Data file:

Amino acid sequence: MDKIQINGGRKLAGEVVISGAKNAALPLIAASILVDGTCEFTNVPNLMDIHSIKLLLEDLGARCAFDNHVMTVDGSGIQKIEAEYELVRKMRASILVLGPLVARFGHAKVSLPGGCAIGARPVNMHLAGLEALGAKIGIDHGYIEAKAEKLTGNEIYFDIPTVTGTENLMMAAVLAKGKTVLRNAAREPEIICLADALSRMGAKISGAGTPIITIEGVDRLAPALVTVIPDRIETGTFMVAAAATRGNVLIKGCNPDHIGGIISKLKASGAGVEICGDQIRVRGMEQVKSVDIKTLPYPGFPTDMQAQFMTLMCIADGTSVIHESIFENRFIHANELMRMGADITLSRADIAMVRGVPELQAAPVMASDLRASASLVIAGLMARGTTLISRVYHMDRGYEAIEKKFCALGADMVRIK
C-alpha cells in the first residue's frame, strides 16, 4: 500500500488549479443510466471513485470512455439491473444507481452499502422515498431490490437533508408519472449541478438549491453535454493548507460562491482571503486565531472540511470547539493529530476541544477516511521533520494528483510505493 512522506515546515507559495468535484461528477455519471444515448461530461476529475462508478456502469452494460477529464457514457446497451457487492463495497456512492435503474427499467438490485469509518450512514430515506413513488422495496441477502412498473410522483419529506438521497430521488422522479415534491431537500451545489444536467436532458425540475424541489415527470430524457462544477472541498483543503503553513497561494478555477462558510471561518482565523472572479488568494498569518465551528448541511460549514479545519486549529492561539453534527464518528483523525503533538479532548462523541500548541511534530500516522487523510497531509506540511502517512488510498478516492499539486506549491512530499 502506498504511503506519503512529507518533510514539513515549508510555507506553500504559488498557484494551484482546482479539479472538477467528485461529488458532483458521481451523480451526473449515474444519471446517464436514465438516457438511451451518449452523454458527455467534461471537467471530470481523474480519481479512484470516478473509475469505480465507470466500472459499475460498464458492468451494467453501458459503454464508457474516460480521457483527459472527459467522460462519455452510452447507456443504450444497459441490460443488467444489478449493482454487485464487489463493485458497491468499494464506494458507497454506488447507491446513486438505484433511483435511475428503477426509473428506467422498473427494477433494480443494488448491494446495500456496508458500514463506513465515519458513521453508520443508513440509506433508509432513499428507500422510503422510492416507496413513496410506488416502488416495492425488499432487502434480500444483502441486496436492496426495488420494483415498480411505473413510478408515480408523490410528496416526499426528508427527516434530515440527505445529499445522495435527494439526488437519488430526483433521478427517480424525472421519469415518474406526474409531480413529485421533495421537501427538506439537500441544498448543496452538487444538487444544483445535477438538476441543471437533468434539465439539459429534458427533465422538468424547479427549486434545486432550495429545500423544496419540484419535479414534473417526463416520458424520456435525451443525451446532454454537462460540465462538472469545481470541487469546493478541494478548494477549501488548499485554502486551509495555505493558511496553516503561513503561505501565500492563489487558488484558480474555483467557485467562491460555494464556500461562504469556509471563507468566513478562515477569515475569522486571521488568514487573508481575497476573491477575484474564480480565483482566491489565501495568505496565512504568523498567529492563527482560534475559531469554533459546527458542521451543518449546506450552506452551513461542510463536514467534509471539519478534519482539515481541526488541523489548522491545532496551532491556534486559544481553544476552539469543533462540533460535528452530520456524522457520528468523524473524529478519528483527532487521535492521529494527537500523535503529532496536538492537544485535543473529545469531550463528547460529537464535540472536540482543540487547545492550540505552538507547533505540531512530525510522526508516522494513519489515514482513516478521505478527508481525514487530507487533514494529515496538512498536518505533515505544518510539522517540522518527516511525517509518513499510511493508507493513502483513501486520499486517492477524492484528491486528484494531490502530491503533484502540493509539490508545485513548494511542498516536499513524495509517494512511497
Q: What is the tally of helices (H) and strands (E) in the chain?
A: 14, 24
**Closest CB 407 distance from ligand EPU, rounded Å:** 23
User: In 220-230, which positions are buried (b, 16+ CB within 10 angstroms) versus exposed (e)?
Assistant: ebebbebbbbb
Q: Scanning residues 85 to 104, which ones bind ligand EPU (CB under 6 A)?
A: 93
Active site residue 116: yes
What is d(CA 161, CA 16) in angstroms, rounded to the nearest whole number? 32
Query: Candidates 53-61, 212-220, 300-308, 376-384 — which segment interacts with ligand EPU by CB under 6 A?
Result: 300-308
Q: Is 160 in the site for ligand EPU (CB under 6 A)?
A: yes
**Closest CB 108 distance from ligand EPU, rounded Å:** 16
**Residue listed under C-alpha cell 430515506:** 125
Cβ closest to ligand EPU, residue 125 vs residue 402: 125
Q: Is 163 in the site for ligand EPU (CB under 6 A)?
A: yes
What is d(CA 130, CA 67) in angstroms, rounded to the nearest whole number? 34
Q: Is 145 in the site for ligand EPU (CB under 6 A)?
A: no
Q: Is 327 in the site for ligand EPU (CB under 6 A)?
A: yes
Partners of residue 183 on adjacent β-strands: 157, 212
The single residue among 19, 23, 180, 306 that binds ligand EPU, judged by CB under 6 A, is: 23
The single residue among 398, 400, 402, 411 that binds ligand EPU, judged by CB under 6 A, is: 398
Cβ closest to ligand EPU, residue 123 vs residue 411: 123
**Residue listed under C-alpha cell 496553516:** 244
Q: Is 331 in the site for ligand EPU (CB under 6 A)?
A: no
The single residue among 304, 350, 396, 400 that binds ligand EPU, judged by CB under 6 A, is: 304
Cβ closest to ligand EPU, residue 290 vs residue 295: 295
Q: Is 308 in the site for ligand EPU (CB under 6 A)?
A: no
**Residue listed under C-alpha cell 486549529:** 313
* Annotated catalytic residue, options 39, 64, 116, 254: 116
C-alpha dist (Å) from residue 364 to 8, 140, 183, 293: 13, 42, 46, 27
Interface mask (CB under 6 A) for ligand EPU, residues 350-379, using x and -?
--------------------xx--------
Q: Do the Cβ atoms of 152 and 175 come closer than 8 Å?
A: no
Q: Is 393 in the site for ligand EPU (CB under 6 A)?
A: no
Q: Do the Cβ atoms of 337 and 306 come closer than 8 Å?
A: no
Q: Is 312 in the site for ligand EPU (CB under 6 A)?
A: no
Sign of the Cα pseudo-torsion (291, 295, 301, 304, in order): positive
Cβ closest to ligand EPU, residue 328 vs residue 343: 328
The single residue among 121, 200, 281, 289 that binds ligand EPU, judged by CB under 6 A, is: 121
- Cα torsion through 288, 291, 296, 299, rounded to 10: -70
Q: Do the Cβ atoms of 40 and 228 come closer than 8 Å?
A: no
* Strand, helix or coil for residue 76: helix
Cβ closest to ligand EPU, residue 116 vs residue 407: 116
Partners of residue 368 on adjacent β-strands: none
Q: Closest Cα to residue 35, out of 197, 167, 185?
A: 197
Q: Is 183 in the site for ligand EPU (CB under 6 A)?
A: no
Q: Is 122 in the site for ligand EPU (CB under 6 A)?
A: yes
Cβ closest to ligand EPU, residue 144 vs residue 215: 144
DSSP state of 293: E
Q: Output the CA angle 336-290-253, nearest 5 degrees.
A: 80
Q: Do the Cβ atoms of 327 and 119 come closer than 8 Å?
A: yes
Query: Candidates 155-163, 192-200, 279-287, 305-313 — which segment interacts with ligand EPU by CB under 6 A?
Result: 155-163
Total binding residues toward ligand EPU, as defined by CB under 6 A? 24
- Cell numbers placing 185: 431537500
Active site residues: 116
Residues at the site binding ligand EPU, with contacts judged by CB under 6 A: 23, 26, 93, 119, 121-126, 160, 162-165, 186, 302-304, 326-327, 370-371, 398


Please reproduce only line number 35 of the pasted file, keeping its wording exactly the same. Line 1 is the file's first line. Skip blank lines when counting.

Q: Is 308 in the site for ligand EPU (CB under 6 A)?